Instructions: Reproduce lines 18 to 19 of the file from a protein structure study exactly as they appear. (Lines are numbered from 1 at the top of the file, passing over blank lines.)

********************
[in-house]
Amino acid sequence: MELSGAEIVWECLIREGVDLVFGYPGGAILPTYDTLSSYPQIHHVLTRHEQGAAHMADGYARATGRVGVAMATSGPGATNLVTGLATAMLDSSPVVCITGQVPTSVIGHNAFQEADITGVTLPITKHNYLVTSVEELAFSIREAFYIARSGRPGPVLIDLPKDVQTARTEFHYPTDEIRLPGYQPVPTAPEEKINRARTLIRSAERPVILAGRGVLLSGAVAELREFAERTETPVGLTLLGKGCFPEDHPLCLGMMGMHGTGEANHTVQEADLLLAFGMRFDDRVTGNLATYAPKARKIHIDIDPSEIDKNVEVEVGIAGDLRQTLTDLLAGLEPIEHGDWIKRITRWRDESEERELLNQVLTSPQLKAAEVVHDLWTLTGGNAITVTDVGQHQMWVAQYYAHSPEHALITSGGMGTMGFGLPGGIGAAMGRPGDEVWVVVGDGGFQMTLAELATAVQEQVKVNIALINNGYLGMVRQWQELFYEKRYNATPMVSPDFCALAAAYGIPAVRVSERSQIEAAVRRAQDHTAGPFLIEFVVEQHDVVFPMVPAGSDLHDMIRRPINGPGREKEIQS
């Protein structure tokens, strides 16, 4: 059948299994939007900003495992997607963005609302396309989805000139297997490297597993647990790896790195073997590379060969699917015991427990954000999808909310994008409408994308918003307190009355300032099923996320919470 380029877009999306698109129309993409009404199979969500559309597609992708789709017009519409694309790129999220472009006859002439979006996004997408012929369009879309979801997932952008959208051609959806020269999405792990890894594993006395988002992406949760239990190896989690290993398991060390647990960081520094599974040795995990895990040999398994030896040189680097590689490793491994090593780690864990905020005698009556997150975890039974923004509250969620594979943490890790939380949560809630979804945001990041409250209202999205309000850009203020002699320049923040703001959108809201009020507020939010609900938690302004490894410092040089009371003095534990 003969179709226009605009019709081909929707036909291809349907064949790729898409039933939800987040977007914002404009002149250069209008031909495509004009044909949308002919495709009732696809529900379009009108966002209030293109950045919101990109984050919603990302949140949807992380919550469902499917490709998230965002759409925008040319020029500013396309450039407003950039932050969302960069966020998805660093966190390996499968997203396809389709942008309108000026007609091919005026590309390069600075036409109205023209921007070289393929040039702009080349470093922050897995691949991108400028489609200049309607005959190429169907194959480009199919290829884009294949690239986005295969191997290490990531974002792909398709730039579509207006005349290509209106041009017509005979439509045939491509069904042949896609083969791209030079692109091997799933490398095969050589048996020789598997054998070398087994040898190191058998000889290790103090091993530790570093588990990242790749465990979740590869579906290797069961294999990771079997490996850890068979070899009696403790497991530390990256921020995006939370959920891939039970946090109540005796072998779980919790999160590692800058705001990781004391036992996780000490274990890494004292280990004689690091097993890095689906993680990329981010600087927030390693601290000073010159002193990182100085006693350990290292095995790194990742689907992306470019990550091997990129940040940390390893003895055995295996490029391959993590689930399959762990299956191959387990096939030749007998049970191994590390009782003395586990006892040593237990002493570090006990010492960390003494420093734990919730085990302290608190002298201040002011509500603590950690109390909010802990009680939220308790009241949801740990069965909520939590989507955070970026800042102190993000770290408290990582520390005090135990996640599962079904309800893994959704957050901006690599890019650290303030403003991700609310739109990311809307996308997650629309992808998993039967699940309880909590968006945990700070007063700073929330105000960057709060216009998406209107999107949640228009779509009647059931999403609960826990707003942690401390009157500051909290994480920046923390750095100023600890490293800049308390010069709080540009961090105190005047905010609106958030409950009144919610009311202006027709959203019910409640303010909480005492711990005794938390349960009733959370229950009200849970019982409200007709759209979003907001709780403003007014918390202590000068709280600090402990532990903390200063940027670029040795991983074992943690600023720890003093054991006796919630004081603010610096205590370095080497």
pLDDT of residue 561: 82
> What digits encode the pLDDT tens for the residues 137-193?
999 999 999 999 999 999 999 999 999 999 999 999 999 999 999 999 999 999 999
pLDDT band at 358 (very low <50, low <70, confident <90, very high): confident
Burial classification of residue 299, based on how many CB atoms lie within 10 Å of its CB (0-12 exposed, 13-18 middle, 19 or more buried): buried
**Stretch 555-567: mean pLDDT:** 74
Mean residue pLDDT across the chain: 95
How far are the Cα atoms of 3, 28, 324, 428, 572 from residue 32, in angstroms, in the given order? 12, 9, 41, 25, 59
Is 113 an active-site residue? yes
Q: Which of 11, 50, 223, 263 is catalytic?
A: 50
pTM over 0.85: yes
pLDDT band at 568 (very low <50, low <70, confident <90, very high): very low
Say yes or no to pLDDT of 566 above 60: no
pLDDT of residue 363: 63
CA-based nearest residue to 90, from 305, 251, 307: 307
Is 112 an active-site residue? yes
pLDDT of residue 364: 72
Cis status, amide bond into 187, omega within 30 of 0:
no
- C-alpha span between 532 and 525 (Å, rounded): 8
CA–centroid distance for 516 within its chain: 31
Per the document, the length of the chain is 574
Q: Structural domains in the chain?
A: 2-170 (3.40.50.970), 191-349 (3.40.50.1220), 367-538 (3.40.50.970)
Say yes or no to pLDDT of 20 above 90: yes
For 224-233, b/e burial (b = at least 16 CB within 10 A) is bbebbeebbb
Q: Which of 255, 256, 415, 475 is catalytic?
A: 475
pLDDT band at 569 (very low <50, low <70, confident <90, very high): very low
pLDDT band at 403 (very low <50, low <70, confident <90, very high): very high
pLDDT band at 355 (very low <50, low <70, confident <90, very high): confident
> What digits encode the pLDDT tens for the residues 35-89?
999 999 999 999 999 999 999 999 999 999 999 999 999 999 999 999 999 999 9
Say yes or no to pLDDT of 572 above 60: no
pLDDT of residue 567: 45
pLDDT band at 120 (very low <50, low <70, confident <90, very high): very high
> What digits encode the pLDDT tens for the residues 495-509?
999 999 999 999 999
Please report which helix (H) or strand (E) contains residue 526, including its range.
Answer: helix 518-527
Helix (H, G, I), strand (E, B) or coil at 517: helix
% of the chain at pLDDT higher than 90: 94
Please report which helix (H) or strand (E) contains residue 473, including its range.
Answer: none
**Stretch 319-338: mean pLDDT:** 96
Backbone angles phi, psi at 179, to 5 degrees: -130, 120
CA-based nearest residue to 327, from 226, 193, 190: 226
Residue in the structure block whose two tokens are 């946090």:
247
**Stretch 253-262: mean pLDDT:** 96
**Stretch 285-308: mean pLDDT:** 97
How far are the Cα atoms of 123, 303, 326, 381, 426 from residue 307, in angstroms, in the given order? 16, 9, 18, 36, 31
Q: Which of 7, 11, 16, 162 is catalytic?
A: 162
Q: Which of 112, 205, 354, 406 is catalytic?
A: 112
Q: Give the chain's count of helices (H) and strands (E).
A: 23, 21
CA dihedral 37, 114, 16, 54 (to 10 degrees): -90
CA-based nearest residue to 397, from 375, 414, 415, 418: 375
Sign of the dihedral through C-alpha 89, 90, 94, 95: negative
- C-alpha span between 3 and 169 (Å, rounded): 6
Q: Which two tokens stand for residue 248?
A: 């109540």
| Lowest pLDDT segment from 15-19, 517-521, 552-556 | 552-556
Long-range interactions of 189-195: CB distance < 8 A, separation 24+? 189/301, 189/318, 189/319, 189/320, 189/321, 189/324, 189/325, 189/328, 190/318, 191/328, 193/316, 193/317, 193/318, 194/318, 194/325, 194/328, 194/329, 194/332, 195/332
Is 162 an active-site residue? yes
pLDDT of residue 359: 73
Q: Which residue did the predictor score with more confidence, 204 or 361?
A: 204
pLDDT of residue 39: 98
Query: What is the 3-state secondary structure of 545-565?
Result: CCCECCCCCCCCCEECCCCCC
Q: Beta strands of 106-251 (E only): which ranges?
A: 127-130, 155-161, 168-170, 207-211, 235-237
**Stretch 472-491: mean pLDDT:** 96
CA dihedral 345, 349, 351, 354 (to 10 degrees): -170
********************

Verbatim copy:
pLDDT of residue 363: 63
CA-based nearest residue to 90, from 305, 251, 307: 307